I have been wanting to interview a real estate expert to talk about real estate prices in Nassau County and how they have been impacted by COVID, so I asked around and finally found Matt Kasindorf, the well-known real estate attorney and senior partner at the Manhattan law firm of Meister, Seelig and Fein. Matt heads up their real estate group and we got together at Tam O’Shanter Golf Club last weekend to play golf and chat about real estate prices.
The drive through Brookville to get to Tam O’Shanter is marvelous to behold. You pass by horse farms, rolling hills and open meadows and then you see the course rising up a hillside to your right and the pulse quickens. Tam O’Shanter Golf Club is a perfect example of the way we golfers are all so spoiled on Long Island. Tam O’Shanter has all the wonderful amenities of a high-end country club with its David Postlethwait-designed, 18- hole championship golf course, its pristine tennis courts, pools, fitness room and chic dining.
The clubhouse was reconstructed high atop a hill overlooking the course after the first clubhouse burned down in 1971. This seemed eerily reminiscent of the famous 1790 poem “Tam O’Shanter” by Robert Burns. In the poem, Tam O’Shanter is a thoughtless husband who spends most of his evening hours drinking and carousing about the countryside as his poor wife sits at home fuming. On one fateful evening, Tam O’Shanter watches as some demons dance around a church as it burns down to the ground and he narrowly escapes capture by one of them. The demon manages to rip off his horse’s tail, but Tam O’Shanter gets home safe and sound. And we thought we had tough lives!
When I asked Matt about the general impact COVID has had on real estate development, he remarked, “ In the short term there has been confusion and uncertainty, but the long term fundamentals of the market remain sound. Entrepreneurs still have money to invest and aggressive ones will always find a way to invest wisely.”
Matt teaches graduate courses in real estate law and networking at NYU, and I wondered how he was able to network now that most Manhattan workers are sheltered in their home offices. He said that formerly he would schedule breakfast, lunch and dinner meetings as well as attend a variety of conferences and charity events to interact with clients old and new. However, he said “now face-to-face interactions are avoided and this is unfortunate. Face-to-face meetings benefit both parties since they are both able to assess veracity and legitimacy. You pick up minor cues when you interact and this helps the process of connection. We now must resort to Zoom meetings, which are better than phone calls or text messages but can’t beat face-to-face business.”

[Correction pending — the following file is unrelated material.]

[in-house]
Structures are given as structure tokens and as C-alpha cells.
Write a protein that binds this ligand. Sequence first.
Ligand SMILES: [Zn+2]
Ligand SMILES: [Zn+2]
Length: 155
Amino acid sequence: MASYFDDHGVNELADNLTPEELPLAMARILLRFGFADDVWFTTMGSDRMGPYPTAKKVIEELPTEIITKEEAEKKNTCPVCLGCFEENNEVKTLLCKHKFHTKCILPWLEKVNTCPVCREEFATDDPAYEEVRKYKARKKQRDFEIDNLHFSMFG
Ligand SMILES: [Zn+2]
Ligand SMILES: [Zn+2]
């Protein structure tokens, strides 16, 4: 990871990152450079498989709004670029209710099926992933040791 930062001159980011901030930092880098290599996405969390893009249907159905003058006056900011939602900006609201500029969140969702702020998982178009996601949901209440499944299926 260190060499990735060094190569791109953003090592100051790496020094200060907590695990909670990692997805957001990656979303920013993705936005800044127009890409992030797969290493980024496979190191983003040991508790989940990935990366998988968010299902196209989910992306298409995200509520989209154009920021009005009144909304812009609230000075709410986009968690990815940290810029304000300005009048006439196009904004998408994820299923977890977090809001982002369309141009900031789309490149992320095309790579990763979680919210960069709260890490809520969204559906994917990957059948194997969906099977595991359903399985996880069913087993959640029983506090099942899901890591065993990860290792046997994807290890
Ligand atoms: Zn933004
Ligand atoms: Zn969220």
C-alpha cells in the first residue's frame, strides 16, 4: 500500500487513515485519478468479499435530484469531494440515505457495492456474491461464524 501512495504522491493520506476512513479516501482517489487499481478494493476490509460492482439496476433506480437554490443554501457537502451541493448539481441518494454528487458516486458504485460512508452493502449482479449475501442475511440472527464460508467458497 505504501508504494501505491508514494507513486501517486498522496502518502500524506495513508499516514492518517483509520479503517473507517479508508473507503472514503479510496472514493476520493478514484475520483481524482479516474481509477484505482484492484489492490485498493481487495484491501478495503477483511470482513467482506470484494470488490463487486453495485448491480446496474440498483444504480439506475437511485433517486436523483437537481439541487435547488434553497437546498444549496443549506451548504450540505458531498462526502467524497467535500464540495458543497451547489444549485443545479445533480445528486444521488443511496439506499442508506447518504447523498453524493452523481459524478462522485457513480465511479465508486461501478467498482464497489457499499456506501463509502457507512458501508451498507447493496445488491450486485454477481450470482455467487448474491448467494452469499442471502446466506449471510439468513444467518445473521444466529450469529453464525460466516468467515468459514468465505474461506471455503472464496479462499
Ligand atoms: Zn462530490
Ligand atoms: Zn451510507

I also wondered about how COVID was affecting the real estate market here in Nassau County, and Matt said, “Clearly there is a temporary flight out of New York and home prices are strong on Long Island. Many companies are now experiencing what we call a ‘hub and spoke’ impact where they are renting spaces in their suburban satellite offices. This gives their employees an option to have a nearby office experience away from the distractions of working from home.”
And with that I missed my three-foot putt on 18, shook hands with him and made my way out of Brookville, the land of beauty. It is good to speak to experts on matters such as COVID.
As Robert Burns said in his “Tam O’Shanter” poem back in 1790:
“ Auld Ayr,wham ne’er a town surpasses
For honest men and bonnie lasses.”
Now on this day I did not spy any bonnie lasses roaming about nor witches in”cutty sarks” (short skirts), but I did get a chance to chat with one “honest man” named Matt Kasindorf who gave me reassuring advice. His conclusion was that these precious things like the Manhattan skyline and all of our pretty suburban homes will survive this heinous year of confusion and uncertainty quite well. Hallelujah. Hey, does anyone have an inside track on how to get that vaccine?